This is MORNING EDITION from NPR News. I'm David Greene.
STEVE INSKEEP, HOST:
And I'm Steve Inskeep.
Talks with Iran on its controversial nuclear program are set to intensify in the coming days. Tomorrow in Vienna, authorities from the International Atomic Energy Agency meet again with Iranian representatives. They'll discuss some past suspicious nuclear activities. Next week, other talks involving the United States, Europe, Russia and China are set to resume.
And our last word in business brings to mind Matt Damon's character in the poker movie "Rounders."
(SOUNDBITE OF MOVIE, "ROUNDERS")
MATT DAMON: (as Mike McDermott) Why does this still seem like gambling to you? I mean, why do you think the same five guys make it to the final table at the World Series of Poker every single year? What are they, the luckiest guys in Las Vegas? It's a skill game.
This summer's drought is not helping the wildfire situation, and the drought is also deeply harming the nation's agricultural economy. Parched lands extend from California to Indiana, and from Texas to South Dakota, impacting everyone from farmers and ranchers to barge operators and commodity traders.
As NPR's David Schaper reports, some farmers are getting close to calling it quits.
DAVID SCHAPER, BYLINE: Looking over his small, 100-acre farm near South Union, Kentucky, Rich Vernon doesn't like what he sees.
Roger Angel, an astronomer at the University of Arizona, stands in front of his new project: a solar tracker. Angel wants to use the device to harness Arizona's abundant sunlight and turn it into usable energy.
Credit Gary Williams/Stringer / Getty Images North America
Angel uses this rotating furnace at the Steward Observatory Mirror Lab on the University of Arizona campus to make his giant mirrors. The process, called "spin casting," helps form the molten glass into the parabolic shape needed for focusing light.
Roger Angel's mirror technology is now used in many large telescopes around the world, including this one, the Large Binocular Telescope at the Mount Graham International Observatory in Arizona. Its twin mirrors can produce images 10 times sharper than the Hubble Space Telescope.
Angel does a final inspection on one of his mirrors. The weight of telescope mirrors made the traditional way limits their size. Angel realized he could produce a bigger mirror by creating a mold with a honeycomb pattern, making the mirror lighter.
You may not be familiar with the name Roger Angel, but if there were ever a scientist with a creative streak a mile wide, it would be he.
Angel is an astronomer. He's famous for developing an entirely new way of making really large, incredibly precise telescope mirrors. But his creativity doesn't stop there. He's now turned his attention to solar power, hoping to use the tricks he learned from capturing distant light from stars to do a more cost-efficient job of capturing light from the Sun.
Protesters take part in a street play during a protest against growing cases of sexual abuse in New Delhi on May 5. The protesters urged police to protect women from abusers and stop blaming victims for attacks.
Morning Edition commentator Sandip Roy is back home in India after spending years in the U.S. He finds some Indians are standing up to a very old problem they call "eve teasing."
I lost touch with that peculiar Indian euphemism "eve teasing" in the years I was away from India.
It sounds coy, like a Bollywood hero romancing the pretty girl as she walks down the street, and it can mean that. But it can also mean what happened to a teenager a few weeks ago in the northeastern city of Guwahati.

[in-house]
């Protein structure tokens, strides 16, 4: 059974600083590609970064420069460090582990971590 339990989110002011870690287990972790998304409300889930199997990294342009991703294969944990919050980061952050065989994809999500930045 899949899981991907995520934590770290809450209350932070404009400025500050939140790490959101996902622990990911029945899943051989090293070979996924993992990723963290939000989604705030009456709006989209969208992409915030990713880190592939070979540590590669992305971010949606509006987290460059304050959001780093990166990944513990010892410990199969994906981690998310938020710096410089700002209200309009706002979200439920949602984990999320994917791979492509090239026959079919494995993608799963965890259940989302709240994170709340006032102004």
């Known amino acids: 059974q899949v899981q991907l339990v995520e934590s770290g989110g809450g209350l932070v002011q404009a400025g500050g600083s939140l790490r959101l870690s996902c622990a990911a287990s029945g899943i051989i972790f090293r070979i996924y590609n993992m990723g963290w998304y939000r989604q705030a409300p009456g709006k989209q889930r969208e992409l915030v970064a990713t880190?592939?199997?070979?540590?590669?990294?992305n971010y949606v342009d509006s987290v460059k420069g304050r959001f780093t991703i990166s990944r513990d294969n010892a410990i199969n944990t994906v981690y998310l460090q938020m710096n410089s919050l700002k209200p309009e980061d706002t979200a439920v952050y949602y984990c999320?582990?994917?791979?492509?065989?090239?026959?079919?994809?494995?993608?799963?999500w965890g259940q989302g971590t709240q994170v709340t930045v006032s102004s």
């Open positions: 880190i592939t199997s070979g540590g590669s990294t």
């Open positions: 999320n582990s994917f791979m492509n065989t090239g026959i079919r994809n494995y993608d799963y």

Linda Wendt is the owner of a restaurant on Lake Winnebago in Wisconsin. Republican Mitt Romney "has done what I've done, so I can relate to him," she says. "He knows what business goes through and what it takes to run a business."
As the presidential election nears, Morning Edition is visiting swing counties in swing states for our series First and Main. We're listening to voters where they live — to understand what's shaping their thinking this election year.
This summer's drought has hit more than half the states in the country. Crops are suffering, but farmers might not be. Most farmers have crop insurance.
U.S. taxpayers spend about $7 billion a year on crop insurance. It's our largest farm subsidy.
And this subsidy goes in part to farmers — who will tell you themselves they aren't so sure about the whole idea. "I have an aversion to it," says Jim Traub, a corn and bean farmer in Fairbury, Illinois. "But you're not going to turn it down."
Florida National Guardsmen keep people in line at a food distribution center in Florida City, Fla., on Aug. 27, 1992. Many residents of the Dade County farming community lost their homes to Hurricane Andrew.
Florida National Guardsman Sgt. Jim Urbanik of Tampa holds out his gun to keep people in line as they wait for food at a distribution center in Florida City. Many residents of the south Dade County farming community lost their homes.
Members of the Florida National Guard subdue a man outside the Cutler Ridge shoe store. The unidentified man, carrying a firearm, was wrestled to the ground after guard members thought he was looting the store.
A resident of Homestead, Fla., asks for help on Aug. 26, 1992, two days after the area was ravaged by Hurricane Andrew. The sign on the roof reads, "Help please! The block needs H20, can food, ice, gas, building supplies." Homestead was one of the hardest hit areas.
On the subway, in doctor's waiting rooms and during college lectures, millions of Japanese can be found glued to their smartphones. But they're not texting or making phone calls — they're playing video games.
In the U.S., video games are usually played on computers and consoles, like the PlayStation or Wii, but in Japan, gaming has migrated to smartphones.
With an ice coffee in one hand and an iPhone in the other, grad student Yoshiro Hinoki is fixated on slaying tiny cartoon monsters.